roivai wrote:I came up with third method to implement the ramp. I think this minimizes the movement needed for the ramp. On the other hand there is a sudden direction change in the middle of the ramp, which may or may not affect surface finish on that spot.
I'm a mechanical engineer and I work sometimes in a very busy machine shop. I think you're over-thinking this ramp operation. Ramp entries are great, but the first consideration is what ramp angle can your cutter handle
. This is specified by the cutter manufacturer, and you respect it or you damage your cutter.
So, from this standpoint, by trying to compute this angle in software based on the requested Z level plunge depth, you take away all the certainty required by the machinist to respect the tool capabilities and specs, and you force him/her to pull out a calculator to make sure your software isn't going to ruin the cutting tool.
Please let the machinist specify the max allowable ramp angle, and the depth they want to ramp down to. This should be specified as the entry method for a pocket operation. Or allow the tool definition to include the max allowable ramp angle. 0 angle should mean the tool isn't designed for center cutting (plunging cuts).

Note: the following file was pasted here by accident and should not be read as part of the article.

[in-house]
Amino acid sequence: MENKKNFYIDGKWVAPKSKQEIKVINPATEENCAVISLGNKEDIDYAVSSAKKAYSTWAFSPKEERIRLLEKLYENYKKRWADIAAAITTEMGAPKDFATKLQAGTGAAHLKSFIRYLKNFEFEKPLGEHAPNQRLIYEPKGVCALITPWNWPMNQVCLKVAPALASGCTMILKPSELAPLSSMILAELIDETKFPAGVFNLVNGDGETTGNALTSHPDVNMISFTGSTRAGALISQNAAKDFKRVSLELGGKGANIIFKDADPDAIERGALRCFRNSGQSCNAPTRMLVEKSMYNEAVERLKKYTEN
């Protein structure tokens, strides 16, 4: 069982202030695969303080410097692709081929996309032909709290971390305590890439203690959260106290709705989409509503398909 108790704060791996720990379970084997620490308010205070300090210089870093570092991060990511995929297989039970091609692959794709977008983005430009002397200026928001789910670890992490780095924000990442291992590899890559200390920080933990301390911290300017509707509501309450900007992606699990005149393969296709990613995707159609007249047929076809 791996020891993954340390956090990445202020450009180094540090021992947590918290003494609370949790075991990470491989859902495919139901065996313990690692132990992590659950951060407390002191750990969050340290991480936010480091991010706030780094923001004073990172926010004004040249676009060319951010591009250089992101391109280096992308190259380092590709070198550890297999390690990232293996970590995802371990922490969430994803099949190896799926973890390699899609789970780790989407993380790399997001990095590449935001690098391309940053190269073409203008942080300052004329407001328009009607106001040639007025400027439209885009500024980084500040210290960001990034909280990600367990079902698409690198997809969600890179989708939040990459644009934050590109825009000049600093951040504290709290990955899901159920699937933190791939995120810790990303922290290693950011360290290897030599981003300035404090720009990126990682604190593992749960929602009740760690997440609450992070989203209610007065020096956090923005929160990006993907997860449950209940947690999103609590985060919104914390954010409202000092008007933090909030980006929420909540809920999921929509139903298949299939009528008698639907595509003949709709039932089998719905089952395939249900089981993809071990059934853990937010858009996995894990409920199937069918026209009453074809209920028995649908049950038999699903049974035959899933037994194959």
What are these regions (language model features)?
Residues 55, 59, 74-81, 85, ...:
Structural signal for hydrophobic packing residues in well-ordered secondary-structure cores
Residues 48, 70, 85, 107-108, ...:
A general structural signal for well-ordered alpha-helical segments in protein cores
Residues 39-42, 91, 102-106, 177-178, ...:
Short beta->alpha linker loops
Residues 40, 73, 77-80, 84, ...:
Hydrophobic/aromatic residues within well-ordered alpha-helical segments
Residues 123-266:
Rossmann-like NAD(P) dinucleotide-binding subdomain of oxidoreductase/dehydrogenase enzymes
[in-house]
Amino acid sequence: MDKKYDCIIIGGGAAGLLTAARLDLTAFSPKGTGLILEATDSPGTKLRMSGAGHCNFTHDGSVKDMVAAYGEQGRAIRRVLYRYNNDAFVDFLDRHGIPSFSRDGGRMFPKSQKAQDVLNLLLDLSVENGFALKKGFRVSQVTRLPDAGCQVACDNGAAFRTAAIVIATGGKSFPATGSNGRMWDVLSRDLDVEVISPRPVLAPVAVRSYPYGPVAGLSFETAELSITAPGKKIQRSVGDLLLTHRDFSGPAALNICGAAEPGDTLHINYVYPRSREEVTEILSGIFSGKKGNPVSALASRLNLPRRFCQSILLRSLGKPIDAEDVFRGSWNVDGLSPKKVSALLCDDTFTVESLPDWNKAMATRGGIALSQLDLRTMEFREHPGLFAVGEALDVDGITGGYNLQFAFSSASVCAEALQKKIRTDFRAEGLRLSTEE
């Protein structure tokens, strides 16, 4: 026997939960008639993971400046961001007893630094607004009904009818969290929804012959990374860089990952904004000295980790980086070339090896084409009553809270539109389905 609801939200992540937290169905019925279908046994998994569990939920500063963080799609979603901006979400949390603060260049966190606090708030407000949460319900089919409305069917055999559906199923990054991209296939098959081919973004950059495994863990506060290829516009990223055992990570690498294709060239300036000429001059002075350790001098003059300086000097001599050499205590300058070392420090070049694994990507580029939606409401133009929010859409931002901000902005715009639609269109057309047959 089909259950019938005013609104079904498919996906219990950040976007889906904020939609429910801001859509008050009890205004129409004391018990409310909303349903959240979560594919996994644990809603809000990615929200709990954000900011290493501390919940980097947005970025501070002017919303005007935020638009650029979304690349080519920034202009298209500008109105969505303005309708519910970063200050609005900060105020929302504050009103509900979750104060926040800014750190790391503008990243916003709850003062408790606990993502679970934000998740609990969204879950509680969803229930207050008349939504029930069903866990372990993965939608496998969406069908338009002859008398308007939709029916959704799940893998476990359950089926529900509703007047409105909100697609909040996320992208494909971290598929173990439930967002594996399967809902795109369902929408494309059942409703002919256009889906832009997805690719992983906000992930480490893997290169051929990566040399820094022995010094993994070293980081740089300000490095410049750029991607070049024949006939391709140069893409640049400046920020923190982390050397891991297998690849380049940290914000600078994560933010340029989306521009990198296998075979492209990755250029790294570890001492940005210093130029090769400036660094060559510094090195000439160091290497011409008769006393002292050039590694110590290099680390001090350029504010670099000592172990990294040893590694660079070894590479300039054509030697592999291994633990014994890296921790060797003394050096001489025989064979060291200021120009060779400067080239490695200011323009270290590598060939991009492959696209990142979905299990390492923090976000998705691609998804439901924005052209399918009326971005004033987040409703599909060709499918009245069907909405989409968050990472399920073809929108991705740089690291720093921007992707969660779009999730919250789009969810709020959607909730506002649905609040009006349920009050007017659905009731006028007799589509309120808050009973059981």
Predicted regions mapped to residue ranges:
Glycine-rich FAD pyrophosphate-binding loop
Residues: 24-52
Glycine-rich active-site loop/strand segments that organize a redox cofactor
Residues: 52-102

Modern machining practices are typically shifting toward getting down to a deeper Z level as quickly as possible using a helix or linear ramp operation, then using more of the flute length of the cutter to make shallower passes at the pocket. Depths can be as high as 3/4 - 1" for a 3/4" diameter cutter, depending on the material.
For outer contours/profiles the a similar method is becoming more and more main stream. The cutter starts at a Z level that allows the flutes full engagement in the material, then makes as many passes as possible at this depth. Then the cutter moves UP to the next highest Z level and make as many passes as possible. It's the best for rapid material removal, the best for tool life, and the best for machine life (fewer passes to take away a given amount of material means less machine wear, and the spindle load you can choose based on the cutter engagement (step over as a percentage of cutter diameter.)